File spoon-archives/habermas.archive/habermas_2000/habermas.0011, message 43

Date: Tue, 21 Nov 2000 10:20:56 -0800 (PST)
Subject: Re: HAB: How do we decide to agree?


I wouldn't be embarrassed about this question. I don't believe
there's a straightforwardly satisfactory answer, though I believe the
answer rests in the notion of deliberation. 

We know that deliberation takes place partly with others and
partly--ultimately--alone. We identify and differ with others' views
and, as thinking for Habermas is an internalization of dialogue
roles, one identifies and differs with one's own competing views,
values, desires, etc., in a sorting practice called reflection (which
can be examined in all kinds of theoretical ways). When is one clear
to oneself about what is most worth standing for, relative to a set
of alternatives in a decision scene? How does the clarification
happen for oneself in and as reflective / analytical / critical /
creative thinking?

Deciding whether one "should agree" with the other must be based, it
seems to me, on whether one *does* agree with the other. But agreeing
with the other must be based on whether one *finds* that the view,
value, plan, etc., which is recommended, is deserving of being held
binding for one's own action, and thus is agreeable in shared
deliberations as a view, plan, value, etc., which should be binding
on us. 

Maybe this is a beginning,



--- Stephen Chilton <> wrote:
> Maybe I'll find out that I'm just confused for no reason and that
> there's a simple explanation, but I don't see how to address this
> problem, so I'm turning to the list for help.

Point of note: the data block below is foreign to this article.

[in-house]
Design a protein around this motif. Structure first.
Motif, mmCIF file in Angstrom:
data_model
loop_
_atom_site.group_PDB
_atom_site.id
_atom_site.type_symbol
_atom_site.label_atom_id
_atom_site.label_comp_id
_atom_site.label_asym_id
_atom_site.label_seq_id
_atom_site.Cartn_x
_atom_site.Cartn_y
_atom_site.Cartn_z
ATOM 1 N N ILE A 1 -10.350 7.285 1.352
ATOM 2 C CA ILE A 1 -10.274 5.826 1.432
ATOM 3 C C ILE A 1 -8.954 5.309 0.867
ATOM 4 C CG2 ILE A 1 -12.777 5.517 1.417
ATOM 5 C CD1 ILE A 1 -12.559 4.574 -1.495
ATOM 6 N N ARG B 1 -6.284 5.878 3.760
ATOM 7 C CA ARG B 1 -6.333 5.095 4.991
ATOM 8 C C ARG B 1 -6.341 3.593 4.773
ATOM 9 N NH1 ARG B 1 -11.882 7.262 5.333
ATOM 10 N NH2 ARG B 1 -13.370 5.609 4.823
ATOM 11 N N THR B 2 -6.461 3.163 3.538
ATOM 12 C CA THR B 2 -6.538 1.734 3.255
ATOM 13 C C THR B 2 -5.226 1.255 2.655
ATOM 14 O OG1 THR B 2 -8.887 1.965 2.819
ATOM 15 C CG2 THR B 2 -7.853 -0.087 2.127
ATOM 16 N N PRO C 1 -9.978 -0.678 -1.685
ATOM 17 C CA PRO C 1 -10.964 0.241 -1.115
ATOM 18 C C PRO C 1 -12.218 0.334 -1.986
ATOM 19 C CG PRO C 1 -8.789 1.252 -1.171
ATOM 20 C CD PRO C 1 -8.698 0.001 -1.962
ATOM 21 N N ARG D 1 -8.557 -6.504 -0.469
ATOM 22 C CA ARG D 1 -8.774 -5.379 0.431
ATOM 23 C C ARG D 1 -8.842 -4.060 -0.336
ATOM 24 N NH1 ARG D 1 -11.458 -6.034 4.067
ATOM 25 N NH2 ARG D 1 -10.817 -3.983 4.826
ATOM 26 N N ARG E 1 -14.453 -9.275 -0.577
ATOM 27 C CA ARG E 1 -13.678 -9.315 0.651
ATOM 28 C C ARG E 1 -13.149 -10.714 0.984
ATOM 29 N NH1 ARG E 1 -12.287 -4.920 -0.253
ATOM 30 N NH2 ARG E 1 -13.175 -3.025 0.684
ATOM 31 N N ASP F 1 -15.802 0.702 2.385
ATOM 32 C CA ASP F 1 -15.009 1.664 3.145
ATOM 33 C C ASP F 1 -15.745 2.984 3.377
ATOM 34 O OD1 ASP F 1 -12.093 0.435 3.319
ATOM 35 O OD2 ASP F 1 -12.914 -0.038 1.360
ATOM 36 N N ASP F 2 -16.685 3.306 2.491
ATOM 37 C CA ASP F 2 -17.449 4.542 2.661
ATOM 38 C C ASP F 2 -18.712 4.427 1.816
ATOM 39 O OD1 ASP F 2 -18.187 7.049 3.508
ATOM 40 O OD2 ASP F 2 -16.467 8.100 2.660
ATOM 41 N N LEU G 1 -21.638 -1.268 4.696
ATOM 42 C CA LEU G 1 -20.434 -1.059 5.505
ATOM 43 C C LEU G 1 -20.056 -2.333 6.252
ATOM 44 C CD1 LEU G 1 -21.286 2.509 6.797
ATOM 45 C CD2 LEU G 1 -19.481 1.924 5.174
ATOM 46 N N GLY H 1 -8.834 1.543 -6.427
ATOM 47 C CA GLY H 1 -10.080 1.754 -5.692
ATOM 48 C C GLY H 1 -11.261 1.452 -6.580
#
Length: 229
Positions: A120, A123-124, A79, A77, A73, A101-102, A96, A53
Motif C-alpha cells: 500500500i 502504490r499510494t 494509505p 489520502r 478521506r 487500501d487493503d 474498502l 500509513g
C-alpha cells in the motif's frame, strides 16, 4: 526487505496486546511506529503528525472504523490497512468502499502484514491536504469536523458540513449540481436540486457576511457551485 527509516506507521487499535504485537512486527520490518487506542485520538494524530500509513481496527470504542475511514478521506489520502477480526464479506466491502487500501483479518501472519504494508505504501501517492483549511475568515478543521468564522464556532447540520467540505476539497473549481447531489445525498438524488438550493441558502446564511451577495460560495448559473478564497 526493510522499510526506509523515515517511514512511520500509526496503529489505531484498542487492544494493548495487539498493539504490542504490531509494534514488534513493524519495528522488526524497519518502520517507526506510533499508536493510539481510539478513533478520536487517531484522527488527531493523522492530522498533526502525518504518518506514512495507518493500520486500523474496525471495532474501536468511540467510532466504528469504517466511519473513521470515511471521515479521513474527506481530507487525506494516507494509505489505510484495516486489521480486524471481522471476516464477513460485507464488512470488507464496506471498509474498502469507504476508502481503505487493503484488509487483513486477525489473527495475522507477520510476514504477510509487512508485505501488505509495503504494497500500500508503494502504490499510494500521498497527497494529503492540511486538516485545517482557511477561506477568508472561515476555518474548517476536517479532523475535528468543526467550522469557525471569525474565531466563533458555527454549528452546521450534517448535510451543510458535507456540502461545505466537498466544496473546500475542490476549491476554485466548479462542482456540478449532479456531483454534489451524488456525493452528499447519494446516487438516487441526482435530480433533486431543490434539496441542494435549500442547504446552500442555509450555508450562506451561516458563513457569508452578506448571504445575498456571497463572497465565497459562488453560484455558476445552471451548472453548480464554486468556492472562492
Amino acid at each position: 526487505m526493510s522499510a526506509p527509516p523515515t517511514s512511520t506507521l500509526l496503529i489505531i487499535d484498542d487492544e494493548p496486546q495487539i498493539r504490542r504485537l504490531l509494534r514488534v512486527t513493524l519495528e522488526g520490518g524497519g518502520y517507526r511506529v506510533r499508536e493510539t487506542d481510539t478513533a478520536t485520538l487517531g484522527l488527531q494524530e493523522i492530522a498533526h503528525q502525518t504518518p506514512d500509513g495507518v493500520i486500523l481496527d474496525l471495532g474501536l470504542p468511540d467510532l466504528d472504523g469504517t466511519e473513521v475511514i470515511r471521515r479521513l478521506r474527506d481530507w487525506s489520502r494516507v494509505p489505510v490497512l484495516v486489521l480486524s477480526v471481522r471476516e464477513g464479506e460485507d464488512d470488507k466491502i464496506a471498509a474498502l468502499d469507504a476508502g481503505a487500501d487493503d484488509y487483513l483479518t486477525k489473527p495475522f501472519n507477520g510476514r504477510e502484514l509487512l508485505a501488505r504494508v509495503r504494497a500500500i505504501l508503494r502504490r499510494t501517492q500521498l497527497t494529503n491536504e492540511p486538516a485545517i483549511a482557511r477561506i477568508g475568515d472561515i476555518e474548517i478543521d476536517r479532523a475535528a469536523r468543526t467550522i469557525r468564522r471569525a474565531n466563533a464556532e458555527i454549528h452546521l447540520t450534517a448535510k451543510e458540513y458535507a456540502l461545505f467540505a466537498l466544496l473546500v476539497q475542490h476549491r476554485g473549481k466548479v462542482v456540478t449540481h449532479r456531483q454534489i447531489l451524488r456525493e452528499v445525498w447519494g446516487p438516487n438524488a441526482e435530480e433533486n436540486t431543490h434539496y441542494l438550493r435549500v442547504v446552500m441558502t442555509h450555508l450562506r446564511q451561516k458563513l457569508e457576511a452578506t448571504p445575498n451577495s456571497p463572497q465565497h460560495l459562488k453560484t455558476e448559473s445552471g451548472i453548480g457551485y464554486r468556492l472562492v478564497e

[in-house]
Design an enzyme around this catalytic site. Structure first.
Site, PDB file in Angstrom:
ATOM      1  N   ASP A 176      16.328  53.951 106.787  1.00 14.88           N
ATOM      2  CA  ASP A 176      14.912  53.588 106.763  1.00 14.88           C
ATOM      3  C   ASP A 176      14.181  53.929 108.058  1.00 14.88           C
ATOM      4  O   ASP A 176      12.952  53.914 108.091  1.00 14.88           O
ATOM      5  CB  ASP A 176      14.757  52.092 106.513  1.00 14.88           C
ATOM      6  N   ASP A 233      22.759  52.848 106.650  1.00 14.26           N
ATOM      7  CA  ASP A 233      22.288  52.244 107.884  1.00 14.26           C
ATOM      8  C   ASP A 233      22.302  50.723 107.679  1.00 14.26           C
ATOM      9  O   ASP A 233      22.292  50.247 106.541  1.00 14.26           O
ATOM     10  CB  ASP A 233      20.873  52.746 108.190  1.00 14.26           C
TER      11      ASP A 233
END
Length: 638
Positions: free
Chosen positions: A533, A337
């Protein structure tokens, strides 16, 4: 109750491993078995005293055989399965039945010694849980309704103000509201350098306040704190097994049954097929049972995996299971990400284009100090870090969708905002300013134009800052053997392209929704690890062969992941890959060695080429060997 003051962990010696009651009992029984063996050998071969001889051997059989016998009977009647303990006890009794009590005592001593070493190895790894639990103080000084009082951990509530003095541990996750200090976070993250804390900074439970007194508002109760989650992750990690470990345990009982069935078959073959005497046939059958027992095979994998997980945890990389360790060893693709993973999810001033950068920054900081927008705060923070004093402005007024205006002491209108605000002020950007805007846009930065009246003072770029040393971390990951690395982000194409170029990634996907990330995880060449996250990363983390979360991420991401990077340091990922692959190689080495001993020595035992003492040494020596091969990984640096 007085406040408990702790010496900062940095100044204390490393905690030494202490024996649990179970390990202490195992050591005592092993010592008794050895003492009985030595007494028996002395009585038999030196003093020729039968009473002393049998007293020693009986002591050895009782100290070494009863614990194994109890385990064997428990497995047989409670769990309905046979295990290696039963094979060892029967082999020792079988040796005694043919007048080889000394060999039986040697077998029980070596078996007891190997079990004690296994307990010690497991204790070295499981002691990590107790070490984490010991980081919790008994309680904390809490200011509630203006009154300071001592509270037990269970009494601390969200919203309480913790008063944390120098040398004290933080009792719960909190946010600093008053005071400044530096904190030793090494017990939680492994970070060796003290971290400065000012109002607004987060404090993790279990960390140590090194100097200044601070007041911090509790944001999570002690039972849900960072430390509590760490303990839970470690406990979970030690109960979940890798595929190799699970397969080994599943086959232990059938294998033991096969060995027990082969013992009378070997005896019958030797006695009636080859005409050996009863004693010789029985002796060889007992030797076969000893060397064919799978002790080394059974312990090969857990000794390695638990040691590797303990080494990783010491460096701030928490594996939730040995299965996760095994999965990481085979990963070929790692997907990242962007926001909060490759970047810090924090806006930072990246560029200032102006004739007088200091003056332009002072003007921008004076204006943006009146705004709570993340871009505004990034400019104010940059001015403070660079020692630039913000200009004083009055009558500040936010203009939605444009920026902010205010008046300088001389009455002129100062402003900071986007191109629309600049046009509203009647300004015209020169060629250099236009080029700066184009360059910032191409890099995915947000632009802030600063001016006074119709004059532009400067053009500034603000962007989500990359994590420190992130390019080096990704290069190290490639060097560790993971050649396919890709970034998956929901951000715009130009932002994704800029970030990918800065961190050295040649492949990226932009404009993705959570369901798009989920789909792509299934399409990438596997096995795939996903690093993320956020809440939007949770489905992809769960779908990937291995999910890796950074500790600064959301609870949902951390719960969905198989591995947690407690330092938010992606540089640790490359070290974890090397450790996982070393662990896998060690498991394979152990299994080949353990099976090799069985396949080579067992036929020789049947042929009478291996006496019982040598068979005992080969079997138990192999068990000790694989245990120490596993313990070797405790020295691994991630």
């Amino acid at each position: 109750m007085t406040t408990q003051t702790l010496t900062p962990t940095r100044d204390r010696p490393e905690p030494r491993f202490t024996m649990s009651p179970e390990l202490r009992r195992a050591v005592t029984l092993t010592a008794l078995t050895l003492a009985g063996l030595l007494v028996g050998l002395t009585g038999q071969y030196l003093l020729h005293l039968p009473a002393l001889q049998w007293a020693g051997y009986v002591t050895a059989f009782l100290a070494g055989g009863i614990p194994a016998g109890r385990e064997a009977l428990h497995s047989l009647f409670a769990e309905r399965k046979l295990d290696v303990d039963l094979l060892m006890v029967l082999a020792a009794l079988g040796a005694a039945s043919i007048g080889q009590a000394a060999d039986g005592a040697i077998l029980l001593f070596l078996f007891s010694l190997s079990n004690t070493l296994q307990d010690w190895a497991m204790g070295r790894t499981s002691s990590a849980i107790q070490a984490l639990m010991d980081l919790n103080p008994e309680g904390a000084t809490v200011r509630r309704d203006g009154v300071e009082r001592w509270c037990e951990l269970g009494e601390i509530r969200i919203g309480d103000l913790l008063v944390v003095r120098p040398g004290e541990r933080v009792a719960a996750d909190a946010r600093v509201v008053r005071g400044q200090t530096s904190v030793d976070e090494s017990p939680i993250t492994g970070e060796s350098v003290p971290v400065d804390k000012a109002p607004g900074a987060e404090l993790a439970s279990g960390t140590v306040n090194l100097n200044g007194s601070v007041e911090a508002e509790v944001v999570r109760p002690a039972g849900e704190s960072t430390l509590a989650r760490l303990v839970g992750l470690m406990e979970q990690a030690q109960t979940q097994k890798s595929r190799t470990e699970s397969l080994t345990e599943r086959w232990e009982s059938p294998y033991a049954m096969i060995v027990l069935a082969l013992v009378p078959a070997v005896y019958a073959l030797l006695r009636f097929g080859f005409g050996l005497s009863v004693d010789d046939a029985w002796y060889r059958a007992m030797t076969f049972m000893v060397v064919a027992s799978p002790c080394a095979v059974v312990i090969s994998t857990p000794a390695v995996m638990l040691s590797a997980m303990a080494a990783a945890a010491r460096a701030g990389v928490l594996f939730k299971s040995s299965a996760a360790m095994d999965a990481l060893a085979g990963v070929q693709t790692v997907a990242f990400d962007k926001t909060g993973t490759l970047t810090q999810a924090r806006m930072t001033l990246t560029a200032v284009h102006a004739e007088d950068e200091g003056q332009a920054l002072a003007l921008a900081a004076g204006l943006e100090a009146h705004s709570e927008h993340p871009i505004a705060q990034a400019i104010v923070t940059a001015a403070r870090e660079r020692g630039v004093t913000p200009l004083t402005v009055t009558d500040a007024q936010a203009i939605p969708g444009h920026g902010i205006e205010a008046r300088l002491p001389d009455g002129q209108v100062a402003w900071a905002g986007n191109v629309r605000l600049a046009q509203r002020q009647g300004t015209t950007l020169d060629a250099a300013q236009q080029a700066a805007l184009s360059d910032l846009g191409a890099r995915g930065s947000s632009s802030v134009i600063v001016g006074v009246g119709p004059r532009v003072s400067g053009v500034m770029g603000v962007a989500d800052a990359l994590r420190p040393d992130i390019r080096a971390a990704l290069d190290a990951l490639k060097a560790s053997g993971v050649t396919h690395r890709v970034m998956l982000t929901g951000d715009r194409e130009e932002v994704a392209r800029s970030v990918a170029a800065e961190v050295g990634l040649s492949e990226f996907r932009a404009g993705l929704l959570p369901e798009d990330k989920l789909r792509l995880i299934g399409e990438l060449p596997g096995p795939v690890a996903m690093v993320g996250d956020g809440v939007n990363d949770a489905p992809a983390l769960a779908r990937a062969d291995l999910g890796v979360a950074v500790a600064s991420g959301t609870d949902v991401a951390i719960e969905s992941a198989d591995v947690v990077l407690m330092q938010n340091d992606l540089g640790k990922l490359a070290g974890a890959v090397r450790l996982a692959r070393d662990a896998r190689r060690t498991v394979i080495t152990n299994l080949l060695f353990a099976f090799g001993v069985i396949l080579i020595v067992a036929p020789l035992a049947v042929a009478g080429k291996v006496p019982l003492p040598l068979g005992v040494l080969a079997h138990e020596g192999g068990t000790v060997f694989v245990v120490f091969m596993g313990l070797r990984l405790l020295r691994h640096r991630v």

> As usual, I was thinking about the agreement problem in discourse
> ethics, and the following question occurred to me without an
> answer following:  As I understand it, (U) and (D) are necessary
> conditions for a norm to be valid.  They call for the agreement of
> all affected.  How does an affected actor decide whether s/he
> should agree to a proposed norm?
> Obviously s/he cannot look to other actors' agreement, because
> the whole point of discourse ethics is to give everyone a voice,
> and in any case, that simply pushes the question back one step to
> asking how those others decided they should agree.
> I'm not aware that H. has provided an answer to this question,
> though I could well be mistaken.
> Without further guidance on how to decide, the actors seem thrown
> back on their moral intuitions alone, an option which I think H.
> is keen to avoid in order to sustain a cognitivist morality.
> I'm a little embarrassed to send this out, because my guess is
> that this is a confusion on my part rather than a gap in discourse
> ethics.  But I'd rather understand than preserve my dignity.  Can
> anyone help me here?
> Regards to all,
> Steve
> *************************************************************
> | Stephen Chilton, Associate Professor, Dept of Pol Science
> |    Univ of Minnesota-Duluth / Duluth, MN 55812-2496 / USA
> |
> | 218-726-8162/7534   FAX: 726-6386   Home: 724-6833 (home)
> |    EMAIL:
> |
> |  "A man who will steal for me will steal from me."
> |       - Theodore Roosevelt [via John Pitzl]
> *************************************************************
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